SLUG: Over the years, how do you think the tattoo industry has changed stylistically?
KH: Everything has changed in the past 35 years. . . and yet little changes. This is part of that dilemma I was speaking about earlier. People still get the same kinds of tattoos for the same reasons that our forebearers did 300,000 years ago. Little really changes and yet with all the science and knowledge that we now have at our disposal, everything is new again. Just as we can look into an electromagnetic microscope to see dust mites, we can then refine metals, shapes, color make-ups, healing techniques, knowledge of the anatomy, physiology, biology, microbiology, chemistry, metallurgy, psychology, mythology, theology . . . all of these come into play in tattooing. So we find better machines, power sources, metals and needles, color pigments and techniques . . . that opens up the whole world of imagery to us. Things are being done in the photorealism and biomechanical fields of tattooing that warp the mind. With all these refinements, now visionaries can create art works on the skin that could never have been done in the 70s and 80s. It’s been a long gradual process by those at the top . . . who learn from the upstarts and yet take nothing for granted as far as what they already know. There are basic truths to tattooing . . .for instance, we know the human body will react EXACTLY the same to certain situations. That’s why doctors can do heart surgeries . . . they know where the heart is, how to get to it . . . how it should work, and how to repair an anomaly. We work with the human canvas so we know if we mistreat it in certain ways, our work will be unsuccessful. Or successful if we follow the steps of what has been learned before us, with subtle refinements by those who are coming after us. Gawd bless the random mistake. When I started tattooing there were only four colors: black, red, green and yellow. Now we have every color under the sun. That allows for big differences.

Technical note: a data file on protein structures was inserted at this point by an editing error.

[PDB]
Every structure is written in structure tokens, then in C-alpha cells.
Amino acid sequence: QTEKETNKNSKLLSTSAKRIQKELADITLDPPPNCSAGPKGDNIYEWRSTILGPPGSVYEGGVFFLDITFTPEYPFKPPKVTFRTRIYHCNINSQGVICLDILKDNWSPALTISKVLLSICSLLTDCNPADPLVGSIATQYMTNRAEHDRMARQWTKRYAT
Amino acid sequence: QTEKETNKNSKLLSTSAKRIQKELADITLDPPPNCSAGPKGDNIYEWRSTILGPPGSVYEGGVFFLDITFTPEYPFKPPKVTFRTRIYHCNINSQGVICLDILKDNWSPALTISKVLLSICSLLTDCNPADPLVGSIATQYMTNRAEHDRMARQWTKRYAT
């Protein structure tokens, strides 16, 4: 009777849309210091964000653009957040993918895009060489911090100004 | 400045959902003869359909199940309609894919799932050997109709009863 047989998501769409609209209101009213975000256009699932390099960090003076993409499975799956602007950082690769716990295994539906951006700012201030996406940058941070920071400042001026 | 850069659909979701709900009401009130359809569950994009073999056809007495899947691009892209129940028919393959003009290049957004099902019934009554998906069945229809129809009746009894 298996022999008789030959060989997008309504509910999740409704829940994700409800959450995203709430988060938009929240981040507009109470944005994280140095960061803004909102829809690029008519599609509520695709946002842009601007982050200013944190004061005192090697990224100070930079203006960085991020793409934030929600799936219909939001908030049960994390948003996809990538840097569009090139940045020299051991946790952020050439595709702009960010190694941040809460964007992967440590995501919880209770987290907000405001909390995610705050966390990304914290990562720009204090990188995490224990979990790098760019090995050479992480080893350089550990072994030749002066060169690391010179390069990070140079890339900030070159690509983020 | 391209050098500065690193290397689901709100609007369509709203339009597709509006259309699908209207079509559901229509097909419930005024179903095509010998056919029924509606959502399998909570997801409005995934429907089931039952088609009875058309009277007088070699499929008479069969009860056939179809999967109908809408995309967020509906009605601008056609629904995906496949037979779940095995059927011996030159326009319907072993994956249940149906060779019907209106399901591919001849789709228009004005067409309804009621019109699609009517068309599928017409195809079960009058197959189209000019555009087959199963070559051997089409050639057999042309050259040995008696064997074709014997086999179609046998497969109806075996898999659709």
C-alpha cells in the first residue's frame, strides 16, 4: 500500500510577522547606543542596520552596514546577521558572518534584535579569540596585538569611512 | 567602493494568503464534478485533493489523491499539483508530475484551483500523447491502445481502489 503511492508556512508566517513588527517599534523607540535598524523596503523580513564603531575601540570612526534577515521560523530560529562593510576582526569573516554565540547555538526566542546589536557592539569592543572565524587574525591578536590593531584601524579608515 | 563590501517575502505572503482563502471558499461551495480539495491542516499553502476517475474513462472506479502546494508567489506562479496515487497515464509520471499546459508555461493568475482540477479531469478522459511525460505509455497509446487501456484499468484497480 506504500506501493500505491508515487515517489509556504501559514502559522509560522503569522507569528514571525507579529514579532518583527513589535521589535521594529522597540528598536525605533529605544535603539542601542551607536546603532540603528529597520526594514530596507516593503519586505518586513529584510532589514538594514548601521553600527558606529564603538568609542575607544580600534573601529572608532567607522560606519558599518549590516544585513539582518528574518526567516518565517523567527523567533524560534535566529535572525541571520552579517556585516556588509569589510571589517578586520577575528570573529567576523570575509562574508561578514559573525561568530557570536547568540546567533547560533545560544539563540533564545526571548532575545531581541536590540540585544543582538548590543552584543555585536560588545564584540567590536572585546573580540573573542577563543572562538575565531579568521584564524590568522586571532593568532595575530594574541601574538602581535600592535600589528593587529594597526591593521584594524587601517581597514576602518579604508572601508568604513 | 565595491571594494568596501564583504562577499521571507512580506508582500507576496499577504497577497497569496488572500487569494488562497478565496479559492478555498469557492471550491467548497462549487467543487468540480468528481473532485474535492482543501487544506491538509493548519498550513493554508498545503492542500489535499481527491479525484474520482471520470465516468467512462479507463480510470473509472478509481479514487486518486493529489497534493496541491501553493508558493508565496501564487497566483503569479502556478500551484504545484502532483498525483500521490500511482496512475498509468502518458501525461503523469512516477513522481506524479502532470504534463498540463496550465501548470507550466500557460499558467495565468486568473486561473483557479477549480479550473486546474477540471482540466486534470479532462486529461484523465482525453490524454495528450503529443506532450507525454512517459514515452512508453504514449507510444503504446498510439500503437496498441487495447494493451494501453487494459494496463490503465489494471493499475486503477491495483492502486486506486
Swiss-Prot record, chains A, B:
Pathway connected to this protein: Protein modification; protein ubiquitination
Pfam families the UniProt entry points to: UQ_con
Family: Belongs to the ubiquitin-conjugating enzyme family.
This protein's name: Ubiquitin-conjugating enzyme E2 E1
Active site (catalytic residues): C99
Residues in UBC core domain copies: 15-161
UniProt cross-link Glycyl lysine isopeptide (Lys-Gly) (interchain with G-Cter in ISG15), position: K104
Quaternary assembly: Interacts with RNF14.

SLUG: How has it changed socially in the public eye and among fellow artists/clients?